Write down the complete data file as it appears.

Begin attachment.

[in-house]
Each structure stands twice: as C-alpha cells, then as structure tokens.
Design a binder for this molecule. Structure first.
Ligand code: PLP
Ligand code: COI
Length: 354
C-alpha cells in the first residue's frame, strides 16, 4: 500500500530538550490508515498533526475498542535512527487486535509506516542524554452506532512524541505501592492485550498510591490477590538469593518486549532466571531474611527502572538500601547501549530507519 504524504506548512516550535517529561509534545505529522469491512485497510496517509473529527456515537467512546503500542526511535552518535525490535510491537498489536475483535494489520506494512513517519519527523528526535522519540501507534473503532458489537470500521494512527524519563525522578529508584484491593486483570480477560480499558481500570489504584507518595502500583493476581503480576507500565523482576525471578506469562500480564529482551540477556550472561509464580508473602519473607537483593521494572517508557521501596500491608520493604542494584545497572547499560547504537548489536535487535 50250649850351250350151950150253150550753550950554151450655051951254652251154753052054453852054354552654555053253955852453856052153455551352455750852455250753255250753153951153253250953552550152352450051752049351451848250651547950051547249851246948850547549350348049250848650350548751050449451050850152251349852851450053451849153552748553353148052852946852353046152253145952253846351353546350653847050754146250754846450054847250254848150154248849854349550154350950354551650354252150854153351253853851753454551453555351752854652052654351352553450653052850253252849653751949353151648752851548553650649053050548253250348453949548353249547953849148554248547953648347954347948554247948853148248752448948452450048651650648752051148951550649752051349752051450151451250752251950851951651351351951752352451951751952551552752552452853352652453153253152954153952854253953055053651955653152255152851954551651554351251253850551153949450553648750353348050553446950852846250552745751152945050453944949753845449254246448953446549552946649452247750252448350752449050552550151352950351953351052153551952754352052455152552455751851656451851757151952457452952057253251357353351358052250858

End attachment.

[in-house]
Each structure stands twice: as C-alpha cells, then as structure tokens.
Design a binder for this molecule. Structure first.
Ligand code: PLP
Ligand code: COI
Length: 354
C-alpha cells in the first residue's frame, strides 16, 4: 500500500530538550490508515498533526475498542535512527487486535509506516542524554452506532512524541505501592492485550498510591490477590538469593518486549532466571531474611527502572538500601547501549530507519 504524504506548512516550535517529561509534545505529522469491512485497510496517509473529527456515537467512546503500542526511535552518535525490535510491537498489536475483535494489520506494512513517519519527523528526535522519540501507534473503532458489537470500521494512527524519563525522578529508584484491593486483570480477560480499558481500570489504584507518595502500583493476581503480576507500565523482576525471578506469562500480564529482551540477556550472561509464580508473602519473607537483593521494572517508557521501596500491608520493604542494584545497572547499560547504537548489536535487535 50250649850351250350151950150253150550753550950554151450655051951254652251154753052054453852054354552654555053253955852453856052153455551352455750852455250753255250753153951153253250953552550152352450051752049351451848250651547950051547249851246948850547549350348049250848650350548751050449451050850152251349852851450053451849153552748553353148052852946852353046152253145952253846351353546350653847050754146250754846450054847250254848150154248849854349550154350950354551650354252150854153351253853851753454551453555351752854652052654351352553450653052850253252849653751949353151648752851548553650649053050548253250348453949548353249547953849148554248547953648347954347948554247948853148248752448948452450048651650648752051148951550649752051349752051450151451250752251950851951651351351951752352451951751952551552752552452853352652453153253152954153952854253953055053651955653152255152851954551651554351251253850551153949450553648750353348050553446950852846250552745751152945050453944949753845449254246448953446549552946649452247750252448350752449050552550151352950351953351052153551952754352052455152552455751851656451851757151952457452952057253251357353351358052250858